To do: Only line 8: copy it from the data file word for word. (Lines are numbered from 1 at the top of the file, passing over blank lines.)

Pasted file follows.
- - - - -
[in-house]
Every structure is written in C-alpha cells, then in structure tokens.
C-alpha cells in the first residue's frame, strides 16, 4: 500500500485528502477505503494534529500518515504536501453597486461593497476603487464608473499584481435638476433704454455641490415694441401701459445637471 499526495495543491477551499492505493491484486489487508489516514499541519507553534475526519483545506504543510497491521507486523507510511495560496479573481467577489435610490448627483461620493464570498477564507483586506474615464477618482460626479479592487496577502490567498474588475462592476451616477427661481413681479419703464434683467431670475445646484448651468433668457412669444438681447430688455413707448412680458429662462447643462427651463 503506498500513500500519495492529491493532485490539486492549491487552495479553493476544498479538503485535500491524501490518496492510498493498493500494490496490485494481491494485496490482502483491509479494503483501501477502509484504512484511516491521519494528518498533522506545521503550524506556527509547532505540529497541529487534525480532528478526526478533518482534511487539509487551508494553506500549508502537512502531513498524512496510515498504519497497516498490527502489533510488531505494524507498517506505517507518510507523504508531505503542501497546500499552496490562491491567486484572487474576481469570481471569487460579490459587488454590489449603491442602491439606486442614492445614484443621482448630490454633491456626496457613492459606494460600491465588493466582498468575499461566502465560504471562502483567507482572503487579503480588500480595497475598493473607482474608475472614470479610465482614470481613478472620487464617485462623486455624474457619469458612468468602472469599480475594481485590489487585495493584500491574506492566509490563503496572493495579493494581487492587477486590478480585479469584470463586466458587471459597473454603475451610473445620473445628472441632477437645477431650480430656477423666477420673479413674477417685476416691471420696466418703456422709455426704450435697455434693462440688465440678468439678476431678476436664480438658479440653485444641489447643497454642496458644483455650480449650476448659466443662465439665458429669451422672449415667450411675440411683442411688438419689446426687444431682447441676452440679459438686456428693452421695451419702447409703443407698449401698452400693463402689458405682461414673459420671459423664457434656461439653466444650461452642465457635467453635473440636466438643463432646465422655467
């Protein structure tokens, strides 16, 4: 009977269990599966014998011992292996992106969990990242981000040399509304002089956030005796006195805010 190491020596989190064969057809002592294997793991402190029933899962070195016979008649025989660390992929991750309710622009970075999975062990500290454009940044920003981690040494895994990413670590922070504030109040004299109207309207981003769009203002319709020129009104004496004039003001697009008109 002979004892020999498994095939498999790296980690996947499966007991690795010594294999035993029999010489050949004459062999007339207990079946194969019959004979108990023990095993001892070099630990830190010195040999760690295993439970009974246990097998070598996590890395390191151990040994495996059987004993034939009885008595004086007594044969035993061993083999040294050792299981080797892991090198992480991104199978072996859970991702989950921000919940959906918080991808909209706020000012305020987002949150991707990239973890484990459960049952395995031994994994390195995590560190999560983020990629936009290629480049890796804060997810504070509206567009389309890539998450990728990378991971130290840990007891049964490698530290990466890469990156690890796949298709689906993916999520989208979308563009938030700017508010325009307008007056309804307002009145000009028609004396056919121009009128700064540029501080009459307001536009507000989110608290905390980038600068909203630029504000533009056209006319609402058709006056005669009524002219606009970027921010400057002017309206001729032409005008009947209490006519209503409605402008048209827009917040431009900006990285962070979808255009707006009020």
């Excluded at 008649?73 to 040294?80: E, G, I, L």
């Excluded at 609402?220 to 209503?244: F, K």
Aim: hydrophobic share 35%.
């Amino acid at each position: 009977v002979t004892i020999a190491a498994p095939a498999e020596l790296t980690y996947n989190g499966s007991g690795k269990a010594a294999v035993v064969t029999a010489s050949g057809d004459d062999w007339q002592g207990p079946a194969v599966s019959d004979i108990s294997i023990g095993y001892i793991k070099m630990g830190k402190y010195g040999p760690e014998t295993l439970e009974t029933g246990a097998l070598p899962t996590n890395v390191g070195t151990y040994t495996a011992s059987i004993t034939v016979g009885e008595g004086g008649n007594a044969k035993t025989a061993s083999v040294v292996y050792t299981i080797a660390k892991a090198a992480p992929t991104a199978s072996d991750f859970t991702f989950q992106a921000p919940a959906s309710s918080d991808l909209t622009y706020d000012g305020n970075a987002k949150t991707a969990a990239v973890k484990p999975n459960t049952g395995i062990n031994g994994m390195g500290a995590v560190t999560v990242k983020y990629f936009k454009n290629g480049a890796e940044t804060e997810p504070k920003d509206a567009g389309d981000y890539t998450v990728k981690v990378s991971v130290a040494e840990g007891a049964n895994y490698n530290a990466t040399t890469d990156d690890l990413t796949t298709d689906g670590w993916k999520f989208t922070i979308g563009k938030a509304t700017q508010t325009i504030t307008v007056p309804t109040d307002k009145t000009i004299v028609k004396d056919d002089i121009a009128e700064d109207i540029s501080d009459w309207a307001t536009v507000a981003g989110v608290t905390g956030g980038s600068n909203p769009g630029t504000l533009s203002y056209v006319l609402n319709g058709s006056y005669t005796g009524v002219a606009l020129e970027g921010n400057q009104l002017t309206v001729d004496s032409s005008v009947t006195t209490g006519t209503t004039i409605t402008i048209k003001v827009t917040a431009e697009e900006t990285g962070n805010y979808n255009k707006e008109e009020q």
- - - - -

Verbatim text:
């Amino acid at each position: 009977v002979t004892i020999a190491a498994p095939a498999e020596l790296t980690y996947n989190g499966s007991g690795k269990a010594a294999v035993v064969t029999a010489s050949g057809d004459d062999w007339q002592g207990p079946a194969v599966s019959d004979i108990s294997i023990g095993y001892i793991k070099m630990g830190k402190y010195g040999p760690e014998t295993l439970e009974t029933g246990a097998l070598p899962t996590n890395v390191g070195t151990y040994t495996a011992s059987i004993t034939v016979g009885e008595g004086g008649n007594a044969k035993t025989a061993s083999v040294v292996y050792t299981i080797a660390k892991a090198a992480p992929t991104a199978s072996d991750f859970t991702f989950q992106a921000p919940a959906s309710s918080d991808l909209t622009y706020d000012g305020n970075a987002k949150t991707a969990a990239v973890k484990p999975n459960t049952g395995i062990n031994g994994m390195g500290a995590v560190t999560v990242k983020y990629f936009k454009n290629g480049a890796e940044t804060e997810p504070k920003d509206a567009g389309d981000y890539t998450v990728k981690v990378s991971v130290a040494e840990g007891a049964n895994y490698n530290a990466t040399t890469d990156d690890l990413t796949t298709d689906g670590w993916k999520f989208t922070i979308g563009k938030a509304t700017q508010t325009i504030t307008v007056p309804t109040d307002k009145t000009i004299v028609k004396d056919d002089i121009a009128e700064d109207i540029s501080d009459w309207a307001t536009v507000a981003g989110v608290t905390g956030g980038s600068n909203p769009g630029t504000l533009s203002y056209v006319l609402n319709g058709s006056y005669t005796g009524v002219a606009l020129e970027g921010n400057q009104l002017t309206v001729d004496s032409s005008v009947t006195t209490g006519t209503t004039i409605t402008i048209k003001v827009t917040a431009e697009e900006t990285g962070n805010y979808n255009k707006e008109e009020q």